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Lisa Berthoff switched her cell to her other ear and eased the sporty rental car to the shoulder of Highway 1.
"Lisa, Francie here. I need you in Colorado to do the story on a bed-and-break-fast. We're backlogged for weeks. Your ticket's waiting at the airport. Leaves this afternoon."
"When?" Lisa's voice rose an octave. She looked longingly at the Pacific Ocean. Tell me I'm not hearing this. "Come on, Francie. I finally make it to the coast just in time for the migration of the whales, and you send me off to cover a bed-and-breakfast?" She shouldn't complain. A job was a job, even a temporary assignment.
"What's wrong? Did you finally meet someone to take your mind off of Dale?"
"That's not it at all. He did me a favor by leaving. I was just hoping to see the sights while I was here this time. I've been going full speed for months. Give me a couple of days." She hoped her hard work would pay off soon. Lisa had bailed the magazine out of more binds this past year than she had had dates.
"Sorry to tell you this, dear, but we really need you to get moving on this right away."
Lisa moved the phone to the other ear as the editor explained the circumstances. One of these days, she would be able to be picky. Until then "Of course I'll cover the story. I hope everything goes okay for the Greens and their baby."
"This place is north of Denver somewhere. Let me see here Loveland. Hmm. LovelandValentine's Day. There's your angle. Get it?"
"I get it. And I'm familiar with the area. My sisters live"
Her no-nonsense editor's voice broke her off. "Pull this one off, Lisa, and Steve's agreed to put you on the payroll full-time."
Those magical words caught her attention, even though she knew better than to get her hopes up. "Promises, promises," she said. "You know as well as I do Steve's been stringing me along for months."
"He's serious this time ."
She paused, barely allowing Francie enough time to finish her explanation. "I'm already interested," she said impatiently. "I didn't say no, did I?"
Lisa jotted down the airline and flight information. "Email me the specifics. I'll be in touch." She pressed End and set the phone in her bag.
Lisa glanced at her watch. "Francie, how could you do this to me again!" She had less than three hours to get to the airport, return the rental car and pick up her ticket. Lisa quickly reviewed the route on her map and took one last longing look at the waves hitting the jagged shore.
Footloose and fancy-free. I knew it would catch up with me. Farewell, San Francisco. Another time.
The cash machine at the airport was out of money, security lines were frustratingly long and breakfast had worn off hours ago. Lisa slipped her boarding pass into her pack and ran down the concourse, her camera case bouncing along on built-in wheels.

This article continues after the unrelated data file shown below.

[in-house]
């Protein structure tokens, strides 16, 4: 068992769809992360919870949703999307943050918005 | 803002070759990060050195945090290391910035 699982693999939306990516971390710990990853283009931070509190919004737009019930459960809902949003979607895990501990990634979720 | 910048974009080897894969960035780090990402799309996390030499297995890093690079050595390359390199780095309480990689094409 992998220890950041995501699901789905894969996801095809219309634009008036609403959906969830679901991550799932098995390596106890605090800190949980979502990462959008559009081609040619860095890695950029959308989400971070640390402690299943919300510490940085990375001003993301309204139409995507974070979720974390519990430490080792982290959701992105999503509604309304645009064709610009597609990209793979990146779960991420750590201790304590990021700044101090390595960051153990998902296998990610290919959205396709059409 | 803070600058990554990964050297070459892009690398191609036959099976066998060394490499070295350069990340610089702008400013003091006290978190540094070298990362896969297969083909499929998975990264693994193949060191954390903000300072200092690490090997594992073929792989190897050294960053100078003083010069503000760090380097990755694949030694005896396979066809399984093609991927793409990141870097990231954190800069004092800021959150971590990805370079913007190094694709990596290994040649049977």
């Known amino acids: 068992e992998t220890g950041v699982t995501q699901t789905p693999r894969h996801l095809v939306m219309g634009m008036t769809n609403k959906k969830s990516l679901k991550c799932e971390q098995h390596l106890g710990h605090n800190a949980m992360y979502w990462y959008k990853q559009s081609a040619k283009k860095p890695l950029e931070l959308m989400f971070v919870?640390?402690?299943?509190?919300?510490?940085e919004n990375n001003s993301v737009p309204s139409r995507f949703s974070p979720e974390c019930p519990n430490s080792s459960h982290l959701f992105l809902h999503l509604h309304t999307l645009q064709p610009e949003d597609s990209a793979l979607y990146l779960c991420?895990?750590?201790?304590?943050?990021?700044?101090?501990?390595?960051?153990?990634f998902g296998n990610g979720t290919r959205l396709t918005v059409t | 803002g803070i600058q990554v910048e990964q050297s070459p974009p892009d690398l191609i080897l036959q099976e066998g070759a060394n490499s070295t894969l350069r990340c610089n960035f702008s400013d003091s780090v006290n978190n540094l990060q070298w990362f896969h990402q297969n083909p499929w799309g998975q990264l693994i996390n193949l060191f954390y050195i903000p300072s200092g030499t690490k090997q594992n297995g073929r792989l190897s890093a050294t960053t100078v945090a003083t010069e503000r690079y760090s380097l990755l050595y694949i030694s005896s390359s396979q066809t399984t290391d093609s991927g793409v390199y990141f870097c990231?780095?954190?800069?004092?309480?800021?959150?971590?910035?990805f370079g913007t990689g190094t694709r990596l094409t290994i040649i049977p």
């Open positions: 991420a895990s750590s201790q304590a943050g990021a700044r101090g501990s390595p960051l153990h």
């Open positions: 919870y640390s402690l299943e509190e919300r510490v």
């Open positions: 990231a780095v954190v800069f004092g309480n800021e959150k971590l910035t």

When she reached the gate, the door was closed. Looking out the window, she saw her suitcase tossed into the luggage compartment beneath the airplane. She ran to the next desk and asked the agent for help. Moments later, a flight attendant met her at the end of the walk. "That was close," she said cheerfully. "We're just starting our preflight check."
"This flight does go to Denver, right?" Lisa asked breathlessly.
"Certainly does." The attendant read the row and seat number. "Take your seat quickly, please, Ms. Berthoff. We'll be taking off momentarily."
"Sorry, I'm not usually so late." Lisa secured the pack on her shoulder. "My editor called just as I was headed to the Monterey Peninsula. So much for shooting the whales this year."
The woman's eyes opened wide. "Shoot?"
Lisa laughed. "I'm a photojournalist." She braced her camera case on her hip to squeeze through the aisle. "Only damage this thing can do is if it lands on someone."
The woman laughed. "I see. Have a nice flight." She opened an overhead compartment and helped secure Lisa's bag.
"Thank you." Lisa clicked her seat belt just before the plane backed away from the terminal. She leaned her head back, determined to relax.
As soon as the captain gave the clearance, Lisa used her laptop computer and checked for messages, hoping to find out transportation arrangements from Denver International Airport to the bed-and-breakfast. She would call Katarina and Emily once she knew more about her schedule. Raking the unruly strands of hair out of her eyes, Lisa took a deep breath. Come on, Francie.
Despite the frustrations of the sudden change in plans, she couldn't deny it would be good to see her older sisters again.